What to Expect
The following information includes commonly asked questions as well as some general information about receiving your outpatient chemotherapy treatment.
Q. Can I take my usual medication at home before coming in for my chemotherapy?
A. Unless your doctor has told you otherwise, most patients can take their daily prescribed medications. Check with your doctor to make sure.
Q. Can I eat before coming to my appointment?
A. Yes, we encourage you to have your usual breakfast or lunch before coming in. If you get hungry during your treatment, we offer limited snacks and beverages for our patients. You may also bring food or drinks with you however; we cannot store any outside food in our refrigerators. You may bring a small cooler if needed. Please do not bring food with a strong odor such as fish or heavily seasoned aromatic foods.
Q. What should I wear to my appointment?
A. We recommend dressing in layers and wearing a button down top or v-neck, zip down or any top that is easily accessible to your chest. Many patients have a Port-A-Cath in their chest which needs to be easily accessible for both blood draws and IV’s. If the nurse will be placing an IV in your arm, please wear short sleeves or sleeves that can be rolled up. Since some patients get either cool or warm during treatment, dressing in layers allows you to stay more comfortable. We have warm blankets available if you get chilly. Please refrain from wearing strong perfumes, lotions or colognes as a courtesy to other patient’s sensitivities.
Q. How long does the treatment take?
A. Treatments vary in length. Some treatments can be less than thirty minutes while others can be several hours. Your doctor and nurse will be able to discuss your individual treatment plan with you. Please allow extra time for your first visit so your treatment can be explained thoroughly.
Q. Can my family & friends come with me?
A. Yes, family or friends may come with you and stay for the entire time or come and go if they wish. We do ask that you limit your guests to two at a time since space is limited in the treatment area. For safety issues, babies and children under the age of 12 are not allowed.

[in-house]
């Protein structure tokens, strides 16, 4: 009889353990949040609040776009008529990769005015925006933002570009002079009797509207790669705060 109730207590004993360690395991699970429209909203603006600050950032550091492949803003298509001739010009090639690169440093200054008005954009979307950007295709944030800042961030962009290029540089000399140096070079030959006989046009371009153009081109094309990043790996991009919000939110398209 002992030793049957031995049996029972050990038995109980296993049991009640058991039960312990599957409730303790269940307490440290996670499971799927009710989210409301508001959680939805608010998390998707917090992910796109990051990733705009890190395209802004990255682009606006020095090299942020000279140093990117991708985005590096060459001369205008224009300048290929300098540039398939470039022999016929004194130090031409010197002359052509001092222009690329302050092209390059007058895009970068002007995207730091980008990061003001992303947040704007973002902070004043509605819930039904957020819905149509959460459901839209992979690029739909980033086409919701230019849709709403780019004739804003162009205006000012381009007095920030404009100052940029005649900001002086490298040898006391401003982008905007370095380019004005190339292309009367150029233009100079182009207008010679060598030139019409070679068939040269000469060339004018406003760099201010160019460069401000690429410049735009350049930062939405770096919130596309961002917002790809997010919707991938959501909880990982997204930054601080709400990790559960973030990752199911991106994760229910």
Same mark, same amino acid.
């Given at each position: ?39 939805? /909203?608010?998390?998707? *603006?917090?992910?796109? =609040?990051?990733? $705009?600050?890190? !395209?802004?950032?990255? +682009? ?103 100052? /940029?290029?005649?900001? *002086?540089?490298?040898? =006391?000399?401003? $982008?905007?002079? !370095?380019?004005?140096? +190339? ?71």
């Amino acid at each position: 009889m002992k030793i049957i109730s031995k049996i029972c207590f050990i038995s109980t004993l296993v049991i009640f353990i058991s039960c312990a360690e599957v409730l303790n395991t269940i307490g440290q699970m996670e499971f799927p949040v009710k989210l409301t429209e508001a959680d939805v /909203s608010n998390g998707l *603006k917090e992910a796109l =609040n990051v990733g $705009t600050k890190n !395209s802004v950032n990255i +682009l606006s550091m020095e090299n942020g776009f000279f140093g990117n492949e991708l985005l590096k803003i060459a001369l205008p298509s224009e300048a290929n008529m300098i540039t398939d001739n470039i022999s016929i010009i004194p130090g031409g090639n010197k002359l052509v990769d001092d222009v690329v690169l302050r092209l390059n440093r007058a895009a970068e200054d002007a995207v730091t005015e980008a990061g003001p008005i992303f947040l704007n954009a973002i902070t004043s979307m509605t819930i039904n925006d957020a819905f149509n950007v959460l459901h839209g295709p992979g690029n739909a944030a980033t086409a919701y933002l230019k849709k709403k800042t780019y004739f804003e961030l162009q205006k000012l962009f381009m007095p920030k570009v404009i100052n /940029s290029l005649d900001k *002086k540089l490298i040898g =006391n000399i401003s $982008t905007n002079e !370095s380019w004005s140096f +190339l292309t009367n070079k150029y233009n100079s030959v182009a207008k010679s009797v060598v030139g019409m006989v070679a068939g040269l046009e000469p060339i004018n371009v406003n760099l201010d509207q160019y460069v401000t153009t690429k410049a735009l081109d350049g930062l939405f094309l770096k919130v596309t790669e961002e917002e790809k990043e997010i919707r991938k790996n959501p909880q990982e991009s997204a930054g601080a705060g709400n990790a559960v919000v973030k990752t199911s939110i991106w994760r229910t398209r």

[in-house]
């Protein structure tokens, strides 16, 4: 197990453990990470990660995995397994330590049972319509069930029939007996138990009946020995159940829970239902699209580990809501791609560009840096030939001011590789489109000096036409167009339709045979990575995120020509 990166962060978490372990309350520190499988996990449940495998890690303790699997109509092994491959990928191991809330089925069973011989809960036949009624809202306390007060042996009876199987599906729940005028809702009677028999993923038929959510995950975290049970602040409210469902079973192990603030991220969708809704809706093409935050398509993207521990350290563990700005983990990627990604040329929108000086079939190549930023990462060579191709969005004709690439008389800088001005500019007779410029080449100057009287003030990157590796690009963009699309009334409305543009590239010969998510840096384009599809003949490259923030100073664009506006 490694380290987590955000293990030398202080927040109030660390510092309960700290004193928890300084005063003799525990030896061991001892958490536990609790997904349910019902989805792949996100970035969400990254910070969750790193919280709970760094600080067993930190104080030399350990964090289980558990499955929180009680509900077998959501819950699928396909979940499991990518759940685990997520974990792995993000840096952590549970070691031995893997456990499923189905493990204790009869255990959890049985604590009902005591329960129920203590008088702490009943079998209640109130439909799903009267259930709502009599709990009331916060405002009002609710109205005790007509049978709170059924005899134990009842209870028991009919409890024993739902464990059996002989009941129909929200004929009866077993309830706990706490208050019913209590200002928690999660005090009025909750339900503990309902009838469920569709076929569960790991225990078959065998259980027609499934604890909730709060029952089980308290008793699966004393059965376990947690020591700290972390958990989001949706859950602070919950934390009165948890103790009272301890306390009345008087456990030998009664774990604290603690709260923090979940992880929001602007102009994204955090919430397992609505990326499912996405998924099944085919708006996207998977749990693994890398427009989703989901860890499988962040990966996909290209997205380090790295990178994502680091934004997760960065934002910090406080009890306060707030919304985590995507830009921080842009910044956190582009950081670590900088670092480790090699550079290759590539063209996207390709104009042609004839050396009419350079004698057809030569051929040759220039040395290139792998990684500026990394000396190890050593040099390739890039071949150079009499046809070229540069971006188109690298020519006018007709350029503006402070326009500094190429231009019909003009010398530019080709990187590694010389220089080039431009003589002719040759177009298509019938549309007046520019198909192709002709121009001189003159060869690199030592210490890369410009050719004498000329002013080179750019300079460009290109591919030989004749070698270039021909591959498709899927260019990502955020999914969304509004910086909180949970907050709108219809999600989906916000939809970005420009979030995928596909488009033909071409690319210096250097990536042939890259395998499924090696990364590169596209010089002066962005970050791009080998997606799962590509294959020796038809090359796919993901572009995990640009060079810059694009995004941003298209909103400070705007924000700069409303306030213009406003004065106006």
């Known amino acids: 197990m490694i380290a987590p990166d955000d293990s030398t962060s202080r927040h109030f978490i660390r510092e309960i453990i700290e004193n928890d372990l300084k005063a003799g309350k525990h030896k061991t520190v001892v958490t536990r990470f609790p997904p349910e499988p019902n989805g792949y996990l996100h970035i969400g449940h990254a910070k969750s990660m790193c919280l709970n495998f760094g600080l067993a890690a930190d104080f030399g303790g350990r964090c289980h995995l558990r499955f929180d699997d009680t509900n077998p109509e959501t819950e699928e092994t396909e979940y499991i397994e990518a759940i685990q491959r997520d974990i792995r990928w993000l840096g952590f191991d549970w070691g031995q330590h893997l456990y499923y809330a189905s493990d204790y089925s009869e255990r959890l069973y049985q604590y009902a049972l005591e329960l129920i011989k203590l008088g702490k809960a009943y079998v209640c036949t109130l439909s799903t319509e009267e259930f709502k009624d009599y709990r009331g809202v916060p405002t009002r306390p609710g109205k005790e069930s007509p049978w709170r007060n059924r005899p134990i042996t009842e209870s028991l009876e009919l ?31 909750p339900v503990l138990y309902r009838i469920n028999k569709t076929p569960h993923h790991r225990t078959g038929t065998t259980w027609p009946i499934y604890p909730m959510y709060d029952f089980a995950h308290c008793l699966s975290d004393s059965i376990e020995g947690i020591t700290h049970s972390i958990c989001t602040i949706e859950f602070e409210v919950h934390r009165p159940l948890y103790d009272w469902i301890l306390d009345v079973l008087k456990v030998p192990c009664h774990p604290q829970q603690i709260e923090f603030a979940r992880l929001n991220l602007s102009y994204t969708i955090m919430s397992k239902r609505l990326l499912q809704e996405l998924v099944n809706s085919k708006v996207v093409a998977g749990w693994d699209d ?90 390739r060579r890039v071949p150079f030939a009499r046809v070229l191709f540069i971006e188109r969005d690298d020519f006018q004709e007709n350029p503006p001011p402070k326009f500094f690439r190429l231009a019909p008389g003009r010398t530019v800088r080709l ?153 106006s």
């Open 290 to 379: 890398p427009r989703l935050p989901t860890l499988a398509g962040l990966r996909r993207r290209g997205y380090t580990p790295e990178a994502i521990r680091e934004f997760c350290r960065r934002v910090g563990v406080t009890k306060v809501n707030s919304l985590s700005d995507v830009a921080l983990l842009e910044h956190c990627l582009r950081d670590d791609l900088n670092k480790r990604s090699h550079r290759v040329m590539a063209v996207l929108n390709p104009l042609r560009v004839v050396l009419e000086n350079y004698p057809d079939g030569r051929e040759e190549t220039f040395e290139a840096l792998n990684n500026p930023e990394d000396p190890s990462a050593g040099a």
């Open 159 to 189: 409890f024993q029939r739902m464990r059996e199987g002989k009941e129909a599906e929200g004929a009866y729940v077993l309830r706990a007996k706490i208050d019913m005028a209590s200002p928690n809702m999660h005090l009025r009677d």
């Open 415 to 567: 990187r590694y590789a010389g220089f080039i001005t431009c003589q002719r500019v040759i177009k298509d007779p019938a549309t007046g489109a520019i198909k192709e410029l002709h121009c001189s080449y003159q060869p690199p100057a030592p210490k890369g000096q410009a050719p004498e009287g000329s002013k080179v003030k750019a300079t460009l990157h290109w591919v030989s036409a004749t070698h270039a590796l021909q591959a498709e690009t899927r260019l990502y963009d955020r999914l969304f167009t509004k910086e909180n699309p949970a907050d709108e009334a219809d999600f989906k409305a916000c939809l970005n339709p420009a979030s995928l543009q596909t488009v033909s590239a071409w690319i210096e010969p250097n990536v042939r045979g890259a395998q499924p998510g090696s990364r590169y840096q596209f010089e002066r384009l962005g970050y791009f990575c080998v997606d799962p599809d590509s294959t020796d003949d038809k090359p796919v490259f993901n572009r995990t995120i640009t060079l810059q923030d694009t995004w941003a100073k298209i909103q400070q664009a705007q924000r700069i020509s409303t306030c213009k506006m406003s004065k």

Q. Can I bring my computer, cell phone or iPod with me?
A. Yes, we have wireless access for computers and iPods and cell phones are permitted. When using cell phones we ask you to be mindful of your neighbors who may be resting or sleeping and to keep volumes low and conversations short. Visitors are encouraged to use their cell phones on the patio or in the hallway.
Q. Do I sit or lay in a bed for my treatment?
A. Be prepared to sit and recline for your treatment. There are very few beds available and we try to reserve them for our patients with special needs. Requests for beds are accommodated if available. Every treatment chair reclines and most have a personal television and DVD player. You may bring a DVD from home or borrow one of ours to watch while you are here. Additionally, if a patient cannot ambulate independently, is confused or needs help eating or drinking, for their safety we require that a family member or caregiver stay with the patient at all times.
Q. Can I drive home?
A, Some pre-chemotherapy medications can cause drowsiness preventing you from being able to drive yourself home safely. If you do not have a designated driver with you, medications that cause drowsiness will not be given to you.
Learn more about Chemotherapy
Click on the graphic below to launch an interactive tutorial about chemotherapy.
Medical Oncology / First Hill - Swedish Cancer Institute1221 Madison Street
Arnold Pavilion, Suite 200
Seattle, WA 98104
Phone: 1-(855)-XCANCER (1-855-9226237) or (206) 215-3600
Medical Oncologists specialize in using drugs to treat cancersFind a Physician
Cancer Medication DictionarySearch cancer medication information
Counseling & Support
Help is available for patients and familites to deal with emotions such as anxiety, stress and depression. Counseling and Support
Coping with Cancer
Exercise, playing or listening to music, reading, relaxation exercises, meditation — any
activity you enjoy — can help reduce stress and anxiety. Integrated Cancer Care